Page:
offenses, and he agreed to a court trial on the prior
conviction allegations of the amended information. The
trial court found these allegations to be true and
sentenced appellant to a term of 13 years in prison.
People v Hurd. No H020662, slip op at 1-3 (Cal Ct App. Feb 21, 2001) (Resp't Ex F). [ Page 4]
A. Standard of Review
A federal writ of habeas corpus may not be granted with respect to any claim that was adjudicated on the merits in state court unless the state court's adjudication of the claim: "(1) resulted in a decision that was contrary to, or involved an unreasonable application of, clearly established Federal law, as determined by the Supreme Court of the United States; or (2) resulted in a decision that was based on an unreasonable determination of the facts in light of the evidence presented in the State court proceeding." 28 U.S.C. § 2254(d).
"Under the `contrary to' clause, a federal habeas court may grant the writ if the state court arrives at a conclusion opposite to that reached by [the Supreme] Court on a question of law or if the state court decides a case differently than [the] Court has on a set of materially indistinguishable facts." Williams v Taylor, 529 U.S. 362, 412-13 (2000). "Under the `unreasonable application' clause, a federal habeas court may grant the writ if the state court identifies the correct governing legal principle from [the] Court's decisions but unreasonably applies that principle to the facts of the prisoner's case." Id at 413.
"[A] federal habeas court may not issue the writ simply because that court concludes in its independent judgment that the relevant state-court decision applied clearly established federal law erroneously or incorrectly." Id at 411. Rather, that application must be "objectively unreasonable." Id at 409.
The only definitive source of clearly established federal law under 28 U.S.C. § 2254(d) is in the holdings (as opposed to the dicta) of the Supreme Court as of the time of the state court decision. Id at 412; Clark v Murphy. 317 F.3d 1038, 1044 (9th Cir 2003). While circuit law may be persuasive authority for purposes of determining whether a state court decision is an unreasonable [ Page 5]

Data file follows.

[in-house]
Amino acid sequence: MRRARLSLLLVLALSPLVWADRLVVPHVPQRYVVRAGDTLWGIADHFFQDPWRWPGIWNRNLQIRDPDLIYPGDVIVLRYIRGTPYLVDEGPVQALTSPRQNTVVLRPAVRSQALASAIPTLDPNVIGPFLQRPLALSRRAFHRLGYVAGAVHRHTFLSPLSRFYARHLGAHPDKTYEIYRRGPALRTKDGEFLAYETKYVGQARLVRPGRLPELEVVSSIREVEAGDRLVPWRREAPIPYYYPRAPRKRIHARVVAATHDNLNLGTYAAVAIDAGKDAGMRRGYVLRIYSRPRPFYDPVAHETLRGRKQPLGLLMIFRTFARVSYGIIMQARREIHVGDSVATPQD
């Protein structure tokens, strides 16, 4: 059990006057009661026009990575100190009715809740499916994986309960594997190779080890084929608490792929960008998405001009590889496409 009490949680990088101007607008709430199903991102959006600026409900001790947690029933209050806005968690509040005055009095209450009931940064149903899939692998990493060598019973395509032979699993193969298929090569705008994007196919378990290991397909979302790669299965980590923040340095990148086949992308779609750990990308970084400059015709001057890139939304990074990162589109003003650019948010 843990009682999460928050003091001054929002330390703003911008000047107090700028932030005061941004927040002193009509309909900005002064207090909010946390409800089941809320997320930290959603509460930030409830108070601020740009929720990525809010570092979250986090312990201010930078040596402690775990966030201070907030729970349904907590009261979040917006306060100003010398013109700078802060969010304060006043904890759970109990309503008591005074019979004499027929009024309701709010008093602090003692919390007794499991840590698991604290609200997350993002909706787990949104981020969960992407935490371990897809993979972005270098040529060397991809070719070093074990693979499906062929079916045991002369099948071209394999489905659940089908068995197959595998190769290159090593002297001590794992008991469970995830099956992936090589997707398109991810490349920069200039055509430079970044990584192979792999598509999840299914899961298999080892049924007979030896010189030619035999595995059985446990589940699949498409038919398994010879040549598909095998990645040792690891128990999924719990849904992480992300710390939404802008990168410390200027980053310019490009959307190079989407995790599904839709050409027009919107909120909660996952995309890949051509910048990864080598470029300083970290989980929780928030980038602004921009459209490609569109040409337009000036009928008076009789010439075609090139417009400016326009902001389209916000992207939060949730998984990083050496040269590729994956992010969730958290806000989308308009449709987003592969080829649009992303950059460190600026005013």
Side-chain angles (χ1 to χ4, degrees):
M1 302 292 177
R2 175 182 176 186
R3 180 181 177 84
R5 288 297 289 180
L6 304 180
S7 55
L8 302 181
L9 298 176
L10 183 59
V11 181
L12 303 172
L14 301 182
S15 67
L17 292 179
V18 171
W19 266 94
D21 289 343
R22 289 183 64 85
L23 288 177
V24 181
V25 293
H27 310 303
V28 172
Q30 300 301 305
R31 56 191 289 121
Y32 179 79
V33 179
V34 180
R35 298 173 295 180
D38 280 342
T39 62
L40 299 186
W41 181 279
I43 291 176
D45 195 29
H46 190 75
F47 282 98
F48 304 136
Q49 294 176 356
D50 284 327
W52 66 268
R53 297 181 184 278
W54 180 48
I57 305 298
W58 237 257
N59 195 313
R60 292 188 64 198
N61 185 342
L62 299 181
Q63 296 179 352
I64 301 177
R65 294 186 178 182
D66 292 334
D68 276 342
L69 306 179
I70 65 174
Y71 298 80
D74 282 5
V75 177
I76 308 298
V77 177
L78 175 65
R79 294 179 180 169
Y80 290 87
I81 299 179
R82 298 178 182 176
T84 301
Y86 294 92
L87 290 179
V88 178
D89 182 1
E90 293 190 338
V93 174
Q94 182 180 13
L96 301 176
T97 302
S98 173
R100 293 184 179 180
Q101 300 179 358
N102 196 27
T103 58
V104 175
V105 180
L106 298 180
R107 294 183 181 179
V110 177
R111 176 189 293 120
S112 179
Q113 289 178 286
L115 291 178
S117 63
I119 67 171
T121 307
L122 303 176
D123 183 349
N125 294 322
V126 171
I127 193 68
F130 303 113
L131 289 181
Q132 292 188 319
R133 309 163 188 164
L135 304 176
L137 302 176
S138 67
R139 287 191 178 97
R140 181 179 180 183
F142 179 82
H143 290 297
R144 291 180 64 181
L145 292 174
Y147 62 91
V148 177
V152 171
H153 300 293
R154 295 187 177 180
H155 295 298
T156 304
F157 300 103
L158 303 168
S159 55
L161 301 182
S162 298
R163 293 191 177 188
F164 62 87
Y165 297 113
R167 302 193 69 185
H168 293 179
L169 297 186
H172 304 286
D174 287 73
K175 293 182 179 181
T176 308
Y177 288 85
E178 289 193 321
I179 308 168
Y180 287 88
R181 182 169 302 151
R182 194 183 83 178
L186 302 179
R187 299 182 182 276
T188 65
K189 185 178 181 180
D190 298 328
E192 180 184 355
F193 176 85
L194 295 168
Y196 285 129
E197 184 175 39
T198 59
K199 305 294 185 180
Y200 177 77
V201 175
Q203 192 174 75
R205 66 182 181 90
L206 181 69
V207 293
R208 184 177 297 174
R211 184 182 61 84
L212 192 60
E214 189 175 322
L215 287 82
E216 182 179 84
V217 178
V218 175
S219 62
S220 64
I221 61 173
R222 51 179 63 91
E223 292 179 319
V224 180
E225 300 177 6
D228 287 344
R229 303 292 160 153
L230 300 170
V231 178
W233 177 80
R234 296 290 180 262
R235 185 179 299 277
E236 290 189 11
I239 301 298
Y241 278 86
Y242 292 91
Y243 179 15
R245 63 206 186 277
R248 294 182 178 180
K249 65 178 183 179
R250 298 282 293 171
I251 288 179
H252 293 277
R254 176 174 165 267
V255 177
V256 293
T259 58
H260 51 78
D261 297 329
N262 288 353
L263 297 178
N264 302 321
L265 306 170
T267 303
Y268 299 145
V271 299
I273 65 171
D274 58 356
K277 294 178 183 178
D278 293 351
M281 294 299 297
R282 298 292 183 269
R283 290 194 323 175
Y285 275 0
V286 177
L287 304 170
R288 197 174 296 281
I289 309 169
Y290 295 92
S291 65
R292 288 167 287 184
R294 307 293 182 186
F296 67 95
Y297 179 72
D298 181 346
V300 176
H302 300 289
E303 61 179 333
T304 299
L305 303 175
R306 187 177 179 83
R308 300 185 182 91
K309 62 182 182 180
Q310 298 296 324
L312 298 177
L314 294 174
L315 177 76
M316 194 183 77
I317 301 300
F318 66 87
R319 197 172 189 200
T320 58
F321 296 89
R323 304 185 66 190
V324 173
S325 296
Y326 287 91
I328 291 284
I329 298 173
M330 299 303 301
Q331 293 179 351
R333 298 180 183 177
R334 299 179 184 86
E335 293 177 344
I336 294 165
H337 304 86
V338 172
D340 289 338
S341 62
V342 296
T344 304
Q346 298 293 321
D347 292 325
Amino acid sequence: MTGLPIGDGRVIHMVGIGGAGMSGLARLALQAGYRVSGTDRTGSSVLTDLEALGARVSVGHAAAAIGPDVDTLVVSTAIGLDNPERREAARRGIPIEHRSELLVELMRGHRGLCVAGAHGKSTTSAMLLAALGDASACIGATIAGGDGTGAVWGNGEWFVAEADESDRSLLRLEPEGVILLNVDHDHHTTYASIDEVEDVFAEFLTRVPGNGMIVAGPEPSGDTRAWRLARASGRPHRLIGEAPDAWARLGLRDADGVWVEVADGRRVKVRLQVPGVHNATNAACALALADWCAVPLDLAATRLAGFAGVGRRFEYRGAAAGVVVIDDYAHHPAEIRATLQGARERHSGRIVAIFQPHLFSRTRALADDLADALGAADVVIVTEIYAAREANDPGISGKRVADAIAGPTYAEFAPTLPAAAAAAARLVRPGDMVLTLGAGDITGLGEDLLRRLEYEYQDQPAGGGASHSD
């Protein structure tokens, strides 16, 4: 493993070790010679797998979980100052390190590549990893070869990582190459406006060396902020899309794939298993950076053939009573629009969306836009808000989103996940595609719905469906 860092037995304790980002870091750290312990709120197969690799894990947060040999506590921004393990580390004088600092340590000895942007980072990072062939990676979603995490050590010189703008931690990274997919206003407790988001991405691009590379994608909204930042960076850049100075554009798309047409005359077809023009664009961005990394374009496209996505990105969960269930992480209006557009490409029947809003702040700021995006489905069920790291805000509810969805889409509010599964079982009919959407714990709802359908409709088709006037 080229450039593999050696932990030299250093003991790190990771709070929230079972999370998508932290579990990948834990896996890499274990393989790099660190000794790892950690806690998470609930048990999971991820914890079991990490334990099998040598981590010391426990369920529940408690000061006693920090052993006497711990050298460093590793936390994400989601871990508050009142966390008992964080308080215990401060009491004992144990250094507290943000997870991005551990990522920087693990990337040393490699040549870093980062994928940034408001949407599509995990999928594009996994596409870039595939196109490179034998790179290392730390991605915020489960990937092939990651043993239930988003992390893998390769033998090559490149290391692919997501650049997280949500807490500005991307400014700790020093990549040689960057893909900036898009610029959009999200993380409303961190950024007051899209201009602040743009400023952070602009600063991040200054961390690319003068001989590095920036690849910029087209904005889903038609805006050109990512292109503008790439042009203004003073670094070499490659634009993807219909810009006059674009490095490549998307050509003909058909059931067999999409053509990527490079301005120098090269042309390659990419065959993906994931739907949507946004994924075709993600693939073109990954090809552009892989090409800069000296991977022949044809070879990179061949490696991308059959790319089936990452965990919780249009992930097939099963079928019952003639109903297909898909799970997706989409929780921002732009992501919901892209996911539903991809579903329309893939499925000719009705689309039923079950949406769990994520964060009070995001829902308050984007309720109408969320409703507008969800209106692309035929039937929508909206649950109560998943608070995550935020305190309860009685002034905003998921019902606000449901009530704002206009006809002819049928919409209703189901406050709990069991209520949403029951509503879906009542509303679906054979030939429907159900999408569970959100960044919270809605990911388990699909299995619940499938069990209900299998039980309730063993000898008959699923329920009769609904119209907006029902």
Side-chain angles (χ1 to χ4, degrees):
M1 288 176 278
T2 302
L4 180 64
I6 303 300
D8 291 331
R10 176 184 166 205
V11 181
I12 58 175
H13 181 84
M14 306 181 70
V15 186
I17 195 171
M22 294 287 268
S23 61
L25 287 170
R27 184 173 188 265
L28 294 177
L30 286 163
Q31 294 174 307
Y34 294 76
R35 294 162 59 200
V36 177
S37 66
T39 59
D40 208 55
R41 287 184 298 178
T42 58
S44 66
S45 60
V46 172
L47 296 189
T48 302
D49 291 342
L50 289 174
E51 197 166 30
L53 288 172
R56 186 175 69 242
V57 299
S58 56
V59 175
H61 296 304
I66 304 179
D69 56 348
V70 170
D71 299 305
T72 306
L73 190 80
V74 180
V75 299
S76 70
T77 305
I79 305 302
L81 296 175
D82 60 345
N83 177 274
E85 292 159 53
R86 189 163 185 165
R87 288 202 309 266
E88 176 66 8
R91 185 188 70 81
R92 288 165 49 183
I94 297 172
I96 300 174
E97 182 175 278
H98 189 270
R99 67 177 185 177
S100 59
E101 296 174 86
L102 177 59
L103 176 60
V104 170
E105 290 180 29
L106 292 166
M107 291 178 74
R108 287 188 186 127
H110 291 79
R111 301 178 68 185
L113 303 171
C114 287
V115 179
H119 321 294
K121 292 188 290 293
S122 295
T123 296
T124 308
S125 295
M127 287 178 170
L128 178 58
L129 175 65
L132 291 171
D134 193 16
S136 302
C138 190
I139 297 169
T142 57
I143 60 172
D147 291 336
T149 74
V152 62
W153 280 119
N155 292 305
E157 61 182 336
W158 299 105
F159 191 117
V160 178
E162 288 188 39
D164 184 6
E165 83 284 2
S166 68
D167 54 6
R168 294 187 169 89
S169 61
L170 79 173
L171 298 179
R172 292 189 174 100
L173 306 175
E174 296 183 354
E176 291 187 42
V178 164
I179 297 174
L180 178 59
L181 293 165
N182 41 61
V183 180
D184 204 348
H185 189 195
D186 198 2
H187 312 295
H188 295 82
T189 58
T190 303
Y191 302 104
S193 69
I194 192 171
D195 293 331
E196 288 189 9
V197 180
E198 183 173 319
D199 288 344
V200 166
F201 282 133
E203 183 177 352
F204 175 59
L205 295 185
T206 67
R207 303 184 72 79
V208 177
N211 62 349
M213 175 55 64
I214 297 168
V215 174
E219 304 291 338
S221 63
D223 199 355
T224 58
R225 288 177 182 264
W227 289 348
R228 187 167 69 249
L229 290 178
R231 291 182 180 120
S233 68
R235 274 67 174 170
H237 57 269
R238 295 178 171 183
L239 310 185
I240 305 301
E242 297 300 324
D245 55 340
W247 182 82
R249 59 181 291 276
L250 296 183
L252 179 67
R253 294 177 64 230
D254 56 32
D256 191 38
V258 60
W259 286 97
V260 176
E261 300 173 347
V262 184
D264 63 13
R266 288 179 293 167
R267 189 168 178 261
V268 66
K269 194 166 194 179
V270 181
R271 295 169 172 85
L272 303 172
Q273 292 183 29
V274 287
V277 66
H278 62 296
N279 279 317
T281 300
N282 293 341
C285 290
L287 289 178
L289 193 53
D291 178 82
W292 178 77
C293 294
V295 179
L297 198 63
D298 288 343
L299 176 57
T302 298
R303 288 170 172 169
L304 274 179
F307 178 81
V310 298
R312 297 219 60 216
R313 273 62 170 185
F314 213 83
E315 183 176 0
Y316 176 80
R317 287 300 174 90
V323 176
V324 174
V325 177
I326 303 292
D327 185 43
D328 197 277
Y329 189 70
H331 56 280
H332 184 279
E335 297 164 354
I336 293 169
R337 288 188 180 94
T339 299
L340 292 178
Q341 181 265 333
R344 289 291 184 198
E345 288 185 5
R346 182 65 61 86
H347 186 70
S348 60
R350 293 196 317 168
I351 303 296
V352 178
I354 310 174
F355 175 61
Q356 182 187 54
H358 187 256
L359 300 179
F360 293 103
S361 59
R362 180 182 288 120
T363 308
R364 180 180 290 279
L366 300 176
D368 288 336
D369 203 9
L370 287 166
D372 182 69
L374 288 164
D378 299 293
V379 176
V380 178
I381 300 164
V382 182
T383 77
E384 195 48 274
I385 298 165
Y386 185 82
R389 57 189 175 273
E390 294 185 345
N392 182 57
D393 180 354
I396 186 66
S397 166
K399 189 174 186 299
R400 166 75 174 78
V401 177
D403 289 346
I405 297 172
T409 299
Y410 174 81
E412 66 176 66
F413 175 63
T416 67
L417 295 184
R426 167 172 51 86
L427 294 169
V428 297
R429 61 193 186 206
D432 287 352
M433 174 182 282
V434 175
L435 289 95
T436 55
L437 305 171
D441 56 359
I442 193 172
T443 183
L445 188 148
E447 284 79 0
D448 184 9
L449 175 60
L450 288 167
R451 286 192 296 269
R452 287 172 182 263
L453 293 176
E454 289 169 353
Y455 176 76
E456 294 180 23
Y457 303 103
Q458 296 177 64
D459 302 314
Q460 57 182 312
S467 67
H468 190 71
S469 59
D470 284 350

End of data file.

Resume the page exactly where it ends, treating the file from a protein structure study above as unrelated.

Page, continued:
application of Supreme Court precedent, only the Supreme Court's holdings are binding on the state courts and only those holdings need be "reasonably" applied. Id.
Hurd raises five claims for relief under 28 U.S.C. § 2254: (1) the trial court prevented him from presenting evidence regarding the guilt of his accomplices; (2) evidence of uncharged conduct was improperly admitted; (3) the trial court failed to provide a limiting instruction concerning the same uncharged conduct; (4) the jury instruction stifled free and fair deliberation; and (5) the cumulative effect of these alleged errors amounted to a denial of due process.
1. Precluding the testimony of accomplices
Hurd first contends that his Sixth and Fourteenth Amendment rights were violated because the trial court refused to allow the defense to call co-defendants (Walker and Grayson) as witnesses or to permit Hurd to introduce their guilty pleas into evidence. Pet at 9. Hurd claims that if he would have been able to introduce evidence of his co-defendant's guilt to the jury, by elimination, he would have been exonerated. Hurd also insists that the trial court should have barred Walker and Grayson from pleading the Fifth Amendment (because they had already pled guilty) or at least, that they should have been forced to do so personally, rather than through their attorneys.
A federal habeas court "cannot review questions of state evidence law" and may only consider "whether the petitioner's conviction violated constitutional norms." Henry v Kernan, 197 F.3d 1021, 1031 (9th Cir 1999). In order to determine whether there has been a constitutional violation in a case involving excluded evidence, the court must balance five factors: (1) the probative value of the excluded evidence on the central issue; (2) its reliability; [ Page 6]
(3) whether it is capable of evaluation by the trier of fact; (4) whether it is the sole evidence on the issue or merely cumulative; and (5) whether it constitutes a major part of the attempted defense. In addition to proving constitutional error, the petitioner must also show that the error had a "substantial and injurious" effect on the jury's verdict. Brecht v Abrahamson. 507 U.S. 619, 623 (1993).
Here, Hurd is unable to establish that his due process right to a fair trial or his Sixth Amendment right to present a defense were denied as a result of the trial court's decision to exclude the guilty pleas of Walker and Grayson. First, the probative value of allowing Hurd to inform the jury of his co-defendant's guilty pleas would have been marginal at best. As the California Court of Appeal explained, "the mere fact that his companions pleaded guilty was not `relevant'-that is, it did not have a `tendency in reason to prove or disprove' appellant's culpability." People v Hurd. No H020662, slip op at 1-3 (Cal Ct App. Feb 21, 2001) (Resp't Ex F) (quoting Cal Evid Code § 210). Because the theory at trial was constructive possession, one co-defendant's guilt had no bearing on the guilt of any of the other defendants. See id. In the absence of a specific reason to believe otherwise, the probative value factor clearly weighs against finding a constitutional error concerning the trial court's exclusion of these pleas.